Pointing accuracy of the ANTARES detector: Moon shadow and surface array analysis
August 16, 2017
August 03, 2018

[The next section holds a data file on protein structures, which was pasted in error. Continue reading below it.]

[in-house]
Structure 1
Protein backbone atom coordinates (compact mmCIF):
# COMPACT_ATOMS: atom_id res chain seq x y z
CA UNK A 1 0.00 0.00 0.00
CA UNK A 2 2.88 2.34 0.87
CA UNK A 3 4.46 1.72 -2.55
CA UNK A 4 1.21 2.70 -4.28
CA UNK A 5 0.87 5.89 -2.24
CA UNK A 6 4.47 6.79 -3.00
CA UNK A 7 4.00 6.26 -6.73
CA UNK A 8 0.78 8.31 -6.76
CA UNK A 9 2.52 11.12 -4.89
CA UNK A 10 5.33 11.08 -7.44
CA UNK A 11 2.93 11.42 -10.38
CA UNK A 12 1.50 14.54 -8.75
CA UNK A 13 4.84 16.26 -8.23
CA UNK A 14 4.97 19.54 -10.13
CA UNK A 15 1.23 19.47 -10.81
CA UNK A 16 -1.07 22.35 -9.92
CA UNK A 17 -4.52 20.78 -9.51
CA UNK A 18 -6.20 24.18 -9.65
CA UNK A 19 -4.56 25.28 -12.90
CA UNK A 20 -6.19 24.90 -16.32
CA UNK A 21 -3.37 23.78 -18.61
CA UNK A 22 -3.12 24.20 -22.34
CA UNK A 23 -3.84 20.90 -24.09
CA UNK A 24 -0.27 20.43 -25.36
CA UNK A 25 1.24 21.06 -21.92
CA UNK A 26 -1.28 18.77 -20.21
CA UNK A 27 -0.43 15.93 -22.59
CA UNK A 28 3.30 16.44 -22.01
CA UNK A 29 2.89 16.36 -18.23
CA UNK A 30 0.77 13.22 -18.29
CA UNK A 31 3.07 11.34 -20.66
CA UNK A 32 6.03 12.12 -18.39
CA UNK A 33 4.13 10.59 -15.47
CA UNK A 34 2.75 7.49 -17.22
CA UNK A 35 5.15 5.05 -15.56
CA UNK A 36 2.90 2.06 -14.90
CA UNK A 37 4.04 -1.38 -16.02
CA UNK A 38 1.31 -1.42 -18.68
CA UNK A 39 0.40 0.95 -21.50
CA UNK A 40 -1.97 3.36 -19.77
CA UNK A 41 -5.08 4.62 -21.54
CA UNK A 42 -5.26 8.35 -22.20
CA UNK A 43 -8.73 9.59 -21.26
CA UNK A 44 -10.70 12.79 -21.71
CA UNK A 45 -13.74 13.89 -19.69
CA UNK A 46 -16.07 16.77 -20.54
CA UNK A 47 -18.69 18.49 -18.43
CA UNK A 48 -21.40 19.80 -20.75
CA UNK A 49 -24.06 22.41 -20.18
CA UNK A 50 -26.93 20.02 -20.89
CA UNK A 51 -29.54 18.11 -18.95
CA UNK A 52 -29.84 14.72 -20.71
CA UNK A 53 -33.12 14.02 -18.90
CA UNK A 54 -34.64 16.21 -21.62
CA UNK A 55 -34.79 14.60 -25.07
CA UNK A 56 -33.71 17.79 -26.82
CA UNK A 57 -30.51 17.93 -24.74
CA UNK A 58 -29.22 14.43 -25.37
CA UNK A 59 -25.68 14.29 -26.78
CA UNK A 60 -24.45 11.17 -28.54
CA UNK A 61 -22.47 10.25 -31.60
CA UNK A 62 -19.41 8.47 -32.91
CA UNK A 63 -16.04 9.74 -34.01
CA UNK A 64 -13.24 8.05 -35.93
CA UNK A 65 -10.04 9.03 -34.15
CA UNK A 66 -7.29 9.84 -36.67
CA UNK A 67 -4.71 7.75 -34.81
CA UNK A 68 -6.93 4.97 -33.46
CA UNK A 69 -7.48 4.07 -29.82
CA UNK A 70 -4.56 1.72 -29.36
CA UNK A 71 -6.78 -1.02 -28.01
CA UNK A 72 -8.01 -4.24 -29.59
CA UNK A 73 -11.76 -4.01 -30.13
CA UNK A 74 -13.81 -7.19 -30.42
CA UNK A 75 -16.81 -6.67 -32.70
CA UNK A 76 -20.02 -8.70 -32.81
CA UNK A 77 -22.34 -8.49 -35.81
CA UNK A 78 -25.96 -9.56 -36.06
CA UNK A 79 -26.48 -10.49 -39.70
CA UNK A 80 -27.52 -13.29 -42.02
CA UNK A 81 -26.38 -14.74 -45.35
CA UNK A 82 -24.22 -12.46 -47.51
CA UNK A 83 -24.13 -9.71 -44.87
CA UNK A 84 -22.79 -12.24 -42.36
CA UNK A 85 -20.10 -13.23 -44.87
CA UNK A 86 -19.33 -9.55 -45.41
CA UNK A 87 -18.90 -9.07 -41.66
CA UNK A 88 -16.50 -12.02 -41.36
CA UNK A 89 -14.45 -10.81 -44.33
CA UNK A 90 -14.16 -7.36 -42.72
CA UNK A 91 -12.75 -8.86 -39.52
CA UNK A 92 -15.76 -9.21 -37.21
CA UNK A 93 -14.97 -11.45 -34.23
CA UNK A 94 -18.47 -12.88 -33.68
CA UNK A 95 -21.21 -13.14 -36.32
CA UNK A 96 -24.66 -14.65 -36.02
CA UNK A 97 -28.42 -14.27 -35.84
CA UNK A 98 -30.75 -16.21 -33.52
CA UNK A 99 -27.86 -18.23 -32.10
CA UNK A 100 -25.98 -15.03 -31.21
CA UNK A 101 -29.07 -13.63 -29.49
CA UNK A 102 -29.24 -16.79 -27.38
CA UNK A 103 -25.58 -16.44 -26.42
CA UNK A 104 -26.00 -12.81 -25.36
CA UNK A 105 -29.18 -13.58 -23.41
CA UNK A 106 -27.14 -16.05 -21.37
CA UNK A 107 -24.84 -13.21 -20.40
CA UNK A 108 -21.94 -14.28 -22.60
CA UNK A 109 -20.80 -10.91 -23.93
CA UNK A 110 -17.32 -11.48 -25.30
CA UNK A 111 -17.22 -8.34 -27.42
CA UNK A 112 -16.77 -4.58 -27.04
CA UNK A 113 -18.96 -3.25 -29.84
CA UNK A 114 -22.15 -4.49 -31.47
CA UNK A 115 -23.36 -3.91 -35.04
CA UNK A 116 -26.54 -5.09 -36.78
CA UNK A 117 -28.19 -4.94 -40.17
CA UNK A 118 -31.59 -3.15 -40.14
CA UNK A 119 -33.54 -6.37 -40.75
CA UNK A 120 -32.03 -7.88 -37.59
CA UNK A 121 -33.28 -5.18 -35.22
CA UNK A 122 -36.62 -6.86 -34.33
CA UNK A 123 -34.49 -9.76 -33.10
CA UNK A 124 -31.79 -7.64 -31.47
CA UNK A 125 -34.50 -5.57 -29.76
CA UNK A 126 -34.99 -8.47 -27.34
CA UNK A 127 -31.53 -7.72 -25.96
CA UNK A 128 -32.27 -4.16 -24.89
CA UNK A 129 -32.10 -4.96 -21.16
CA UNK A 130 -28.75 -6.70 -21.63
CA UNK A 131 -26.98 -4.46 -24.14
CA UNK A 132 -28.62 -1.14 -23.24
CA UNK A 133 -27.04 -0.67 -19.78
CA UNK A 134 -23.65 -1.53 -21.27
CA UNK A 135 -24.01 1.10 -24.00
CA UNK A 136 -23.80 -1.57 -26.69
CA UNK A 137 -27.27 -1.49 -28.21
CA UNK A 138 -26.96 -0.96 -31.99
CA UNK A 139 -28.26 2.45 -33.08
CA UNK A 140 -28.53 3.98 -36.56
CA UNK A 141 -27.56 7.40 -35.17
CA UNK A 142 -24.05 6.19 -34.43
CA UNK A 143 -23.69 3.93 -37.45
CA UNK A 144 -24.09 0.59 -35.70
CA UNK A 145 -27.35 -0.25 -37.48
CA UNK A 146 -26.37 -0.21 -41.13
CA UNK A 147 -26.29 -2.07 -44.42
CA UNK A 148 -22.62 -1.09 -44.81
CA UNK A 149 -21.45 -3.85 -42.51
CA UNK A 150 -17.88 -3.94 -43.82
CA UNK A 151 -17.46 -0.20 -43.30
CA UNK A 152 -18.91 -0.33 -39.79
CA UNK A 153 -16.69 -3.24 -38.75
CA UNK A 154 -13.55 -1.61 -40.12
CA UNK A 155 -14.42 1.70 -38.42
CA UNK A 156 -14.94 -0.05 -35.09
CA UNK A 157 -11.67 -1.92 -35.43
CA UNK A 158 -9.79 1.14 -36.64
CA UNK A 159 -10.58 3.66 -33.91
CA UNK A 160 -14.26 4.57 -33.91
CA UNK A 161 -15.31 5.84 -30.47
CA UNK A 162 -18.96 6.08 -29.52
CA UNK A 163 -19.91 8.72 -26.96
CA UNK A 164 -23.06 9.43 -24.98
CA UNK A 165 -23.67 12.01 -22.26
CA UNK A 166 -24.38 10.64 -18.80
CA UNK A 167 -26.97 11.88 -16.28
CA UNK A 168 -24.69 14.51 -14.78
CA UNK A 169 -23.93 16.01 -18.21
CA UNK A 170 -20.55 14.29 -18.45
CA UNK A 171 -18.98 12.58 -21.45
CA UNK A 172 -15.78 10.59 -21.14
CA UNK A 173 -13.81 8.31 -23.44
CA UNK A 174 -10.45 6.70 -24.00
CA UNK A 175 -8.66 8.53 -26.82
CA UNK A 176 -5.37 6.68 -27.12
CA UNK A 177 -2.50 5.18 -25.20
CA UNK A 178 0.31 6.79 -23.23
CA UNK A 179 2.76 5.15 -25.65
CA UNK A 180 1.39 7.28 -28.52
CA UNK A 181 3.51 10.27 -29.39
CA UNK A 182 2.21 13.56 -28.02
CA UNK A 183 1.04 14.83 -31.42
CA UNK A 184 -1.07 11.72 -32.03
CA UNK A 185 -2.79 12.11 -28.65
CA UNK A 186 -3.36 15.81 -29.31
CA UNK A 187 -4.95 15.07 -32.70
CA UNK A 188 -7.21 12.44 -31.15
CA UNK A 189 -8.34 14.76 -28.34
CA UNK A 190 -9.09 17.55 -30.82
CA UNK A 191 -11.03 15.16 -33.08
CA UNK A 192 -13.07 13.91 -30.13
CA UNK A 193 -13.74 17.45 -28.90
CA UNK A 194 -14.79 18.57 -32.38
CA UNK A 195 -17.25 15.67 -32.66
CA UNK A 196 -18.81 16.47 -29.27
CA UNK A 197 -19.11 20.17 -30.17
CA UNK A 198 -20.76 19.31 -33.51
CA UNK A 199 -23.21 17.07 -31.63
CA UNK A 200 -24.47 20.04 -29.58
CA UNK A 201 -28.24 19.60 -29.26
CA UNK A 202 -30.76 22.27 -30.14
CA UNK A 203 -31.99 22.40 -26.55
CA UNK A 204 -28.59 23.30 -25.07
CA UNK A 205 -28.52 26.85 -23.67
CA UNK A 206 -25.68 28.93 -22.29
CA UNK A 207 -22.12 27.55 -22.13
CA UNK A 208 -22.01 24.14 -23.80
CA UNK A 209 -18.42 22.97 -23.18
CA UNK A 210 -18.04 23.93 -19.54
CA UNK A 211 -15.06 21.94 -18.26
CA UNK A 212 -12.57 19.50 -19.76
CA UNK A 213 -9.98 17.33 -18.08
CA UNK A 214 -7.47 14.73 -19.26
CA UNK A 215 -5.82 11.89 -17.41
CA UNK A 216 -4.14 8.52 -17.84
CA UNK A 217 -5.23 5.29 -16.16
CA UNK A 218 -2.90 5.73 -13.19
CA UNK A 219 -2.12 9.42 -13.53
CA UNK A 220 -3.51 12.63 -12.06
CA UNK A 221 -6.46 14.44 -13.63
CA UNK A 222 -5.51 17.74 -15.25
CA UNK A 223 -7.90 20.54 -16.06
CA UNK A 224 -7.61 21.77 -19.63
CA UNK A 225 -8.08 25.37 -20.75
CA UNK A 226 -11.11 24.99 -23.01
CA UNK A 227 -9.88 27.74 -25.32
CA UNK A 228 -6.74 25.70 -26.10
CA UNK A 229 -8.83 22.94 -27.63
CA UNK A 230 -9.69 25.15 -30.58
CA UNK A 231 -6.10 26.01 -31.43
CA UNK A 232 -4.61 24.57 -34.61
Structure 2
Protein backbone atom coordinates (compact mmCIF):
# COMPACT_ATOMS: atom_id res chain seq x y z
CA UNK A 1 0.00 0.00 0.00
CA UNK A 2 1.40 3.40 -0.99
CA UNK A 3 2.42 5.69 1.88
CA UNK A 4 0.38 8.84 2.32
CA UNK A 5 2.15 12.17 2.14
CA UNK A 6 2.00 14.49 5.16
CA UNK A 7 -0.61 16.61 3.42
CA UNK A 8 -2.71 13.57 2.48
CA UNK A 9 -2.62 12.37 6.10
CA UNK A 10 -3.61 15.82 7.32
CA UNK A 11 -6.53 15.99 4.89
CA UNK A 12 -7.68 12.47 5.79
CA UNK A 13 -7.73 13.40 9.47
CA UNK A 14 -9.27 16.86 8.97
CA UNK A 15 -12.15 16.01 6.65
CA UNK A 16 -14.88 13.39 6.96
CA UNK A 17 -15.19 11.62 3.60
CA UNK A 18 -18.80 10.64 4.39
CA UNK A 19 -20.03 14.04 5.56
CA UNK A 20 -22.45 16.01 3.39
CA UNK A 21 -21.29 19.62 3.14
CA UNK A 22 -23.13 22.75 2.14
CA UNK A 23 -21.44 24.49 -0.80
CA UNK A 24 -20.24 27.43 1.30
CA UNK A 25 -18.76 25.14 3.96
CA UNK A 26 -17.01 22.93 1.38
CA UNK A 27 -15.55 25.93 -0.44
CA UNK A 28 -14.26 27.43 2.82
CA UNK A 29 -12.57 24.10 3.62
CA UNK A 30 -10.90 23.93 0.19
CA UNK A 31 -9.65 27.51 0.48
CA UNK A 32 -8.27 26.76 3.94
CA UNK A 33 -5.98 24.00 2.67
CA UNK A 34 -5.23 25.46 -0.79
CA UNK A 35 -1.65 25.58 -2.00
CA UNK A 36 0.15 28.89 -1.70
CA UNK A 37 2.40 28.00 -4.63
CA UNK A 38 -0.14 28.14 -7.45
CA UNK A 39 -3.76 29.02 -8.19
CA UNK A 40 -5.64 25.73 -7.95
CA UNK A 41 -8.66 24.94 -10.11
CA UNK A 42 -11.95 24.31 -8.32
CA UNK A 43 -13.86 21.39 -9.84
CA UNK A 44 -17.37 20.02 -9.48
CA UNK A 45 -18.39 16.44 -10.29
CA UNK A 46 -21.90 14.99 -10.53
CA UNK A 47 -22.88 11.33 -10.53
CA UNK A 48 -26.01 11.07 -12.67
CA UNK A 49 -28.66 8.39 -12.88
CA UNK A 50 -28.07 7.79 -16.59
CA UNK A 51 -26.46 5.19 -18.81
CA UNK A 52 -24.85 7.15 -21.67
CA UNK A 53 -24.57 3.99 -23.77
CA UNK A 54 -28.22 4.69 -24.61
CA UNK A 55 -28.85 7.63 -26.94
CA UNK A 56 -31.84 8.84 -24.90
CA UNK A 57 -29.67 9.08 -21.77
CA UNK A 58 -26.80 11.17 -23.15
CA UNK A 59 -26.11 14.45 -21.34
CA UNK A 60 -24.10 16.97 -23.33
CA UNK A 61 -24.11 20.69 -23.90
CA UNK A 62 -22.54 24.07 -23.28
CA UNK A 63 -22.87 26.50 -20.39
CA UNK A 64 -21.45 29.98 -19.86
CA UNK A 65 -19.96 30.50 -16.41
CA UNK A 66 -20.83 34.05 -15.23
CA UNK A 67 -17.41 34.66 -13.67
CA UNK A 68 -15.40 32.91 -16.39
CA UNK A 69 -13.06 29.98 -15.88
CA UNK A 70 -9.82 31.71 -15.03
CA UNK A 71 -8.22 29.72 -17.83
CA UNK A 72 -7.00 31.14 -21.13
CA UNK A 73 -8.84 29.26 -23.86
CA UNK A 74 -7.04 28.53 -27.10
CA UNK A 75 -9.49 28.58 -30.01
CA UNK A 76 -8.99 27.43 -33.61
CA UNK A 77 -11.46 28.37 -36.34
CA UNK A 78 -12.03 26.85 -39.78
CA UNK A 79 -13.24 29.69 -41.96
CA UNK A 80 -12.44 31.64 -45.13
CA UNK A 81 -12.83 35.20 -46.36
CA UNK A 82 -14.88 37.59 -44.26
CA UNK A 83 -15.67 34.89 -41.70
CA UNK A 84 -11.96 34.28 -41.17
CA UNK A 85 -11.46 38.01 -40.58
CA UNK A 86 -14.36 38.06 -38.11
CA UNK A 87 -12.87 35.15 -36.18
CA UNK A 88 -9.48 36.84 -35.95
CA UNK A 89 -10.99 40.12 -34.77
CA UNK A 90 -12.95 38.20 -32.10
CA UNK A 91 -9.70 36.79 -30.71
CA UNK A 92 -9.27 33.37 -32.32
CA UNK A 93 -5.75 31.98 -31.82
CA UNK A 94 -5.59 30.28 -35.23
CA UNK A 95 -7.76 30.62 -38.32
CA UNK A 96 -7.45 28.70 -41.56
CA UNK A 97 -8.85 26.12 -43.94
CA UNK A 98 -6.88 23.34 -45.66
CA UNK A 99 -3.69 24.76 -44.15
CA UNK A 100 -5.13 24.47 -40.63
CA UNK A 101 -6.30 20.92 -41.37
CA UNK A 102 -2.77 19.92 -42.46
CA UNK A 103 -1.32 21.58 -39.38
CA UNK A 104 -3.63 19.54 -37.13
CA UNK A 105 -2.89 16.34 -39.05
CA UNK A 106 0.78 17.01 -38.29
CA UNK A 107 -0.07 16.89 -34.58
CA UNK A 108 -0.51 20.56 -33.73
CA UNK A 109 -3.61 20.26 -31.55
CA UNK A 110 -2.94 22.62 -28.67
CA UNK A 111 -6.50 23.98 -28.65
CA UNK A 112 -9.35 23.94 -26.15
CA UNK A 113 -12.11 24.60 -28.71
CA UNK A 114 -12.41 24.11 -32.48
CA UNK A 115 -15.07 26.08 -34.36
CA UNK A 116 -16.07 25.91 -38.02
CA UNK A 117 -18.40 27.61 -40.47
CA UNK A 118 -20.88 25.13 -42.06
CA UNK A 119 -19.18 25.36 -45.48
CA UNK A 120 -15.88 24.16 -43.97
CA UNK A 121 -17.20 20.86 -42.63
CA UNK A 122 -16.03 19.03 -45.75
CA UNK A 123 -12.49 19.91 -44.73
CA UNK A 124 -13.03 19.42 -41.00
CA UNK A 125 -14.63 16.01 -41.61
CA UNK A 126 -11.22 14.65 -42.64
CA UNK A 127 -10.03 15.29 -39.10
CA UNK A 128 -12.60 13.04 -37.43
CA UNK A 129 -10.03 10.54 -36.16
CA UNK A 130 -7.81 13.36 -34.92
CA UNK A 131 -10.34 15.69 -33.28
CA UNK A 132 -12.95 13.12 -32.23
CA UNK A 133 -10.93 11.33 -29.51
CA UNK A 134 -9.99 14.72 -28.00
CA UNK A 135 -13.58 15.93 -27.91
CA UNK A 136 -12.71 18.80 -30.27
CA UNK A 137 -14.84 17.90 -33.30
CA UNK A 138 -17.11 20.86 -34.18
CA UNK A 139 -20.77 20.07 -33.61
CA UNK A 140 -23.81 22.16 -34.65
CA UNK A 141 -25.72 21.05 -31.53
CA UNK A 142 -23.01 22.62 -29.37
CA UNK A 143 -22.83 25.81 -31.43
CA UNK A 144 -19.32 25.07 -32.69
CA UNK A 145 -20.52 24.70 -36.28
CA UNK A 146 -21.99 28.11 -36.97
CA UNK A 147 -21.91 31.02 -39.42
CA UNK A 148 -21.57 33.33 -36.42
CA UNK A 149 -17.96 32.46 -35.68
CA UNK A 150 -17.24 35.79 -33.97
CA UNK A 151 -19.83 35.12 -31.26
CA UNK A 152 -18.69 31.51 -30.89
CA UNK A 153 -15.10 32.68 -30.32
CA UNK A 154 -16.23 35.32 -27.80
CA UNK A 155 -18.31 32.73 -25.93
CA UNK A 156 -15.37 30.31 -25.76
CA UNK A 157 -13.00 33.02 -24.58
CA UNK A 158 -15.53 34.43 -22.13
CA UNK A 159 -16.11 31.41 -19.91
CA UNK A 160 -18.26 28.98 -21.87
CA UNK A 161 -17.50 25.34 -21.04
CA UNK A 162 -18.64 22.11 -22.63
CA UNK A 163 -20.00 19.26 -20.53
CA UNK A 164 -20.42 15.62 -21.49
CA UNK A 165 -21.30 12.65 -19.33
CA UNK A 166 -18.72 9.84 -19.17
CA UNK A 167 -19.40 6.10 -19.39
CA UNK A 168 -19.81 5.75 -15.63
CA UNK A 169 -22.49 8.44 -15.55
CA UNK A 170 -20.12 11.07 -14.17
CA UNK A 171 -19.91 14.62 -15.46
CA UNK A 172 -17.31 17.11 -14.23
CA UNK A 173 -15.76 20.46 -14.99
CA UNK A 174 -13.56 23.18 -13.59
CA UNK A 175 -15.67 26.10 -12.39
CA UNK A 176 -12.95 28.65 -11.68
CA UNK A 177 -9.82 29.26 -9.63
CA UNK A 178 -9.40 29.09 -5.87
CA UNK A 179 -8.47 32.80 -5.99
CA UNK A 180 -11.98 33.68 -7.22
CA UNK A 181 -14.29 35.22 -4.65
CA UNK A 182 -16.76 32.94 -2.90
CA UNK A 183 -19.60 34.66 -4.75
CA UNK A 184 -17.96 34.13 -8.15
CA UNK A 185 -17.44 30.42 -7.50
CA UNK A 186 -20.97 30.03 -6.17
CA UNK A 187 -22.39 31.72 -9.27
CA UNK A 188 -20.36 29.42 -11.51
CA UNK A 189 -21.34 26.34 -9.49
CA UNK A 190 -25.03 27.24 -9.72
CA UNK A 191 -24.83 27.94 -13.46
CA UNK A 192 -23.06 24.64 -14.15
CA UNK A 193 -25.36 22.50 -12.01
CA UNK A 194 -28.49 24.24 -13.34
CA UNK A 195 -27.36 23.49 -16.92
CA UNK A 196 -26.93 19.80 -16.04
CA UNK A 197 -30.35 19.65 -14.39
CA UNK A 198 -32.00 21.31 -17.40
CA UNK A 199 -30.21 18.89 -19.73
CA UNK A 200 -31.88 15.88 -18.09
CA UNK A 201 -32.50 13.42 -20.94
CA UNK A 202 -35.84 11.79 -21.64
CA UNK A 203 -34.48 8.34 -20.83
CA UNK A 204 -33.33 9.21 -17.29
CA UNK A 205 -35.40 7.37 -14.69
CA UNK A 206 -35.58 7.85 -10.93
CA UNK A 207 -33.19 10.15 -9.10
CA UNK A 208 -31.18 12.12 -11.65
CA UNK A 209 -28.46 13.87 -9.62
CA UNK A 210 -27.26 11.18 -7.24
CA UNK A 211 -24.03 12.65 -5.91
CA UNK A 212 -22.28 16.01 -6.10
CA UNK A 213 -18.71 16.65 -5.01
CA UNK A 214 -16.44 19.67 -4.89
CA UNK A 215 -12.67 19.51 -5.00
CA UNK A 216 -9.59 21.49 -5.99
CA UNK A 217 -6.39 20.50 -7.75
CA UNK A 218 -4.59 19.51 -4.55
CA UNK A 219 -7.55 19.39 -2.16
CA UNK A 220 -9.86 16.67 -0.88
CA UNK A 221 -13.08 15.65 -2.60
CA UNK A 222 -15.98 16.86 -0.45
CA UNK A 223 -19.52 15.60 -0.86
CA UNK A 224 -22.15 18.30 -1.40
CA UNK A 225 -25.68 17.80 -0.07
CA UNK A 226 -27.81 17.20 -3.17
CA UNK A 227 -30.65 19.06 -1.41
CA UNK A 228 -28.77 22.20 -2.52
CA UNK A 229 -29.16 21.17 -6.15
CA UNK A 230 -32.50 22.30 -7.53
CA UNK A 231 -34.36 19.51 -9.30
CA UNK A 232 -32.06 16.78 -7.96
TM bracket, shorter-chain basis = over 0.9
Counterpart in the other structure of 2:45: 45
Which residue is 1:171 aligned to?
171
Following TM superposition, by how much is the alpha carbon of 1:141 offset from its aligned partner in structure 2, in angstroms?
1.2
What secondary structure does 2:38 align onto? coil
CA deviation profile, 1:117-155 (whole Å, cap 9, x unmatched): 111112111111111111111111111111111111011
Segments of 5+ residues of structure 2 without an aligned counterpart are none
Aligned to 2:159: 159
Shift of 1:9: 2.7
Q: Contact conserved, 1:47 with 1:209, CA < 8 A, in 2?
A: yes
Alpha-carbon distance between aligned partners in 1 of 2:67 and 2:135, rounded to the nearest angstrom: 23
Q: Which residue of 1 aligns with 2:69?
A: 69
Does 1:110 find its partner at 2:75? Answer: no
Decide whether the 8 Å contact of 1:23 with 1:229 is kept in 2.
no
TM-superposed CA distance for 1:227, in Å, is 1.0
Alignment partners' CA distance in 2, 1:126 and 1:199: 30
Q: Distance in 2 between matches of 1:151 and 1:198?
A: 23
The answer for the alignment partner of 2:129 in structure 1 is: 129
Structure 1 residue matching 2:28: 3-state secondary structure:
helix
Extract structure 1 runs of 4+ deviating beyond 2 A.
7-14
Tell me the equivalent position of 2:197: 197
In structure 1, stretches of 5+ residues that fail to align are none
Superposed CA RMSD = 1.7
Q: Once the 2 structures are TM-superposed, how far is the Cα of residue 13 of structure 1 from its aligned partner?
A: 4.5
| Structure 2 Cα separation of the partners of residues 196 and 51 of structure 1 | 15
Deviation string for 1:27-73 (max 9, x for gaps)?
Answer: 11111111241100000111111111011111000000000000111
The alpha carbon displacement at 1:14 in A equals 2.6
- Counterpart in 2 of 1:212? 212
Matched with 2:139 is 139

The ANTARES detector is the largest neutrino telescope in operation in the North Hemisphere. One of the main goals of the ANTARES telescope is the search for point-like neutrino sources. For this reason both the pointing accuracy and the angular resolution of the detector are important and a reliable way to evaluate these performances is needed. One standard method used to verify the pointing capability of a detector and to determine the instrument resolution is to observe the Moon shadowing. This corresponds to the measurement of a deficit from a narrow solid angle region centred to the Moon position due to the absorption of primary cosmic rays and a subsequent reduced flux of secondary muons. The analysis of the ANTARES data in the interval between 2008 and 2015 shows the Moon shadow with 3.5σ significance and no evidence of a statistical significant shift from the nominal position. The results from a second, independent, study are also presented. This additional method to evaluate the pointing performance used the combined measurements of the electromagnetic component at sea level and the penetrating muons. A boat with a surface array of scintillators to detect charged particles was circled around the ANTARES telescope at various radii from its centre. The pointing performance was estimated measuring the angular correlations between the down-going showers detected by the surface array and by the muons detected underwater by the ANTARES detector. The results obtained from the two methods are consistent.
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